Ion channel dysfunction or “channelopathy” is a proven cause of epilepsy in the relatively uncommon genetic epilepsies with Mendelian inheritance. But channelopathy has been long hypothesized to underlie epilepsy from acquired insults to the brain, which makes up the preponderance of human epilepsy cases of known cause. In recent years, numerous examples of acquired channelopathy in experimental animal models of epilepsy have been demonstrated. In part, our understanding of channelopathy has grown due to advances in electrophysiology techniques that have allowed the study of ion channels in the dendrites of pyramidal neurons in cortex and hippocampus. The apical dendrites of pyramidal neurons comprise the vast majority of neuronal surface membrane area, and thus the majority of the neuronal ion channel population. Investigation of dendritic ion channels has demonstrated remarkable plasticity in ion channel localization and biophysical properties in epilepsy, many of which produce hyperexcitability and may contribute to the development and maintenance of the epileptic state. Herein we review recent advances in dendritic physiology and cell biology, and their relevance to epilepsy.
Ion channel dysfunction or “channelopathy” is a proven cause of epilepsy in the relatively uncommon genetic epilepsies with Mendelian inheritance. But numerous examples of acquired channelopathy in experimental animal models of epilepsy following brain injury have also been demonstrated. Our understanding of channelopathy has grown due to advances in electrophysiology techniques that have allowed the study of ion channels in the dendrites of pyramidal neurons in cortex and hippocampus. The apical dendrites of pyramidal neurons comprise the vast majority of neuronal surface membrane area, and thus the majority of the neuronal ion channel population. Investigation of dendritic ion channels has demonstrated remarkable plasticity in ion channel localization and biophysical properties in epilepsy, many of which produce hyperexcitability and may contribute to the development and maintenance of the epileptic state. Herein we review recent advances in dendritic physiology and cell biology, and their relevance to epilepsy.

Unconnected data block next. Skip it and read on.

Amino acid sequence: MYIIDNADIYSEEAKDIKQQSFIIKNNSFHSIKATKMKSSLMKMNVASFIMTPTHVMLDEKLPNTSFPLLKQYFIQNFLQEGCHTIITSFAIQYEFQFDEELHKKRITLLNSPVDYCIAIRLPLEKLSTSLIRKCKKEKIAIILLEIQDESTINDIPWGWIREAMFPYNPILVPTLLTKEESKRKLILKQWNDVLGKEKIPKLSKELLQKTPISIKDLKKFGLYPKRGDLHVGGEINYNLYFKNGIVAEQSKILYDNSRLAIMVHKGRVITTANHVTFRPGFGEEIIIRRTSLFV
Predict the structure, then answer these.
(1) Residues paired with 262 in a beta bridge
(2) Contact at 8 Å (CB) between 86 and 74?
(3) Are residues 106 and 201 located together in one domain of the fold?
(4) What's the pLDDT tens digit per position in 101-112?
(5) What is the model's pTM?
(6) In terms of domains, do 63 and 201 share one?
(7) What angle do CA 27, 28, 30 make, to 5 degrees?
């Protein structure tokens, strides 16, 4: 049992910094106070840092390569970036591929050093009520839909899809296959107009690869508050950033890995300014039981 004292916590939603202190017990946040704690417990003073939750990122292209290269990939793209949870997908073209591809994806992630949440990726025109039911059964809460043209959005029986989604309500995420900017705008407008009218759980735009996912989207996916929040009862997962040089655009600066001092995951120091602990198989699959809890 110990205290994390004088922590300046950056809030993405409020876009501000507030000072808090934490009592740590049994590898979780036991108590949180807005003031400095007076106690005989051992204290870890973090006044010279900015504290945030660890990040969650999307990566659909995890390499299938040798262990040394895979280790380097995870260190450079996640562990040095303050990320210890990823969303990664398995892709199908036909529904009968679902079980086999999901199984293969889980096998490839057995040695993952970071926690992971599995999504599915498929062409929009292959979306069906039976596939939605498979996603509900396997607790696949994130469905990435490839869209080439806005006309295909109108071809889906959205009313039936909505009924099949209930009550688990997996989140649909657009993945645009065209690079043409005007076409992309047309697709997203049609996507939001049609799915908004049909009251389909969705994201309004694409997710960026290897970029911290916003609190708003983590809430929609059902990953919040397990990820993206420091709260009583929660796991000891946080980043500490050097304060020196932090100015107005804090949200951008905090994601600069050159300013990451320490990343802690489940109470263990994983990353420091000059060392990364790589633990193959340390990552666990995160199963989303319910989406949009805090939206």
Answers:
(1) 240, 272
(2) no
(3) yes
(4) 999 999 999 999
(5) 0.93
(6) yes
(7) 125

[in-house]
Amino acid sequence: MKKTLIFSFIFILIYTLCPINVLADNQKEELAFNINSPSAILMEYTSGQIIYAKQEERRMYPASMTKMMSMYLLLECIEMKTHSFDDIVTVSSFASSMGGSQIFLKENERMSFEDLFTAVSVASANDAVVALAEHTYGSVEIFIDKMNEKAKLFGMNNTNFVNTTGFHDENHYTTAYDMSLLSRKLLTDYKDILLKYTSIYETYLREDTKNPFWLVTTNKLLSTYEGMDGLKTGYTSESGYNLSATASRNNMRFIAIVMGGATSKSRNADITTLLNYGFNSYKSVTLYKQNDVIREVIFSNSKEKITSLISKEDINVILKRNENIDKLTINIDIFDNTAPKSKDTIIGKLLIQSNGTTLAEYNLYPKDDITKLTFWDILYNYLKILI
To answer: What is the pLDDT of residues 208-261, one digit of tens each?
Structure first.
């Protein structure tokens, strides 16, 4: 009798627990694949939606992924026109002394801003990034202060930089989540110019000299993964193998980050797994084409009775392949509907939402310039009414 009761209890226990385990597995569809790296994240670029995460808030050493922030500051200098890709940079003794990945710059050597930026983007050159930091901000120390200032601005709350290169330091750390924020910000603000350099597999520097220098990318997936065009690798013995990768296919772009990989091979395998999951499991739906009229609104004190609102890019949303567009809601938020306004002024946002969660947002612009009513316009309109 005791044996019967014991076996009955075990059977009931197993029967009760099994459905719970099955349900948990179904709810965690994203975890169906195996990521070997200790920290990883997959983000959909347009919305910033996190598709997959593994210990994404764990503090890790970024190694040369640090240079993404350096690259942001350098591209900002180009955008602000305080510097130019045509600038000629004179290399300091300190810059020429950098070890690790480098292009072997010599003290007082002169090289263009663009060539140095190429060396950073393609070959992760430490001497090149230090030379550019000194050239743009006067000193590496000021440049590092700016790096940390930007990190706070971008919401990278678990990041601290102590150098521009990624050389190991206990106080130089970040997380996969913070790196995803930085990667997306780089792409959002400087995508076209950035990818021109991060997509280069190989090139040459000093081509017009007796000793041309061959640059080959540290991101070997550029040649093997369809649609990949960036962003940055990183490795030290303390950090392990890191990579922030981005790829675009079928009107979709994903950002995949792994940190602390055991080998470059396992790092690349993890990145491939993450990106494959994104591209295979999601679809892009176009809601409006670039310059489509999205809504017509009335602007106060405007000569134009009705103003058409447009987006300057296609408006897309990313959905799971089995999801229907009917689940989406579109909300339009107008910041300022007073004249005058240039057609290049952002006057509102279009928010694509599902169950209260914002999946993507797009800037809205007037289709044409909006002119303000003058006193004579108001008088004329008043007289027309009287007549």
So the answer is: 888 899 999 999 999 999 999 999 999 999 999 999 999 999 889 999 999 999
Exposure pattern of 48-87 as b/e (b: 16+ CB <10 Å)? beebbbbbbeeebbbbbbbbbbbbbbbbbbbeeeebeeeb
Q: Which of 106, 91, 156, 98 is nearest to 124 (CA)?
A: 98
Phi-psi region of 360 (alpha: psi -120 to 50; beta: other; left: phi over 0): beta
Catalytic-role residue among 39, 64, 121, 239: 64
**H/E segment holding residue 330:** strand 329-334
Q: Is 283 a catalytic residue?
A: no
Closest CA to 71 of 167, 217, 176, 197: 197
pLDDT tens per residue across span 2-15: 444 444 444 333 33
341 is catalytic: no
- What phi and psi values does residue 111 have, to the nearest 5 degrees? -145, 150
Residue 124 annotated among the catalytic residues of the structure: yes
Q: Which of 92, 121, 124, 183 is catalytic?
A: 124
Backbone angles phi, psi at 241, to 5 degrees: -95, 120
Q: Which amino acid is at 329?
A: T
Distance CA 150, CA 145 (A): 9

Ion Channel Dysfunction as a Cause of Acquired Epilepsy
The term “channelopathy” was coined by Ptácěk (1997) to describe dysfunction of a Na+ channel underlying inherited hyperkalemic periodic paralysis. Since then, the concept of channelopathy has been expanded to cover a number of syndromes with dysfunction of ion channels at their foundation, including myopathy, pain, cardiac arrhythmia, and epilepsy. In epilepsy, the channelopathy hypothesis was proven by the discovery of mutations in ion channel genes associated with inherited epilepsy syndromes, beginning with the linkage between autosomal dominant nocturnal frontal lobe epilepsy and nicotinic acetylcholine receptor mutations in 1995. In fact, the majority of epilepsy syndromes with Mendelian inheritance derive from a mutation in an ion channel gene (reviewed in Mantegazza et al., 2010 and shown in Table 1). This underscores the central role of ion channel dysfunction—both voltage-gated and ligand-gated, but especially the former—in causing at least the Mendelian inherited epilepsy syndromes.
|Autosomal dominant nocturnal frontal lobe epilepsy (ADNFLE)||Nicotinic acetylcholine receptor α4 and β2||CHRNA4, CHRNB2|
|Benign familial neonatal convulsions (BFNC)||Kv7.2, Kv7.3||KCNQ2, KCNQ3|
|Generalized epilepsy with febrile seizures-plus (GEFS+)||Nav1.1, Nav β1||SCN1A, SCN1B|
|Severe myoclonic epilepsy of infancy (SMEI)||Nav1.1||SCN1A|
|Benign familial neonatal-infantile seizures (BFNIS)||Nav1.2||SCN2A|
|Idiopathic generalized epilepsy and episodic ataxia||Cav β4||CACNB4|
|Developmental delay, epilepsy, and neonatal diabetes (DEND)||Kir6.2||KCNJ11|
|Epilepsy, ataxia, sensorineural deafness, and tubulopathy (EAST)||Kir4.1||KCNJ10|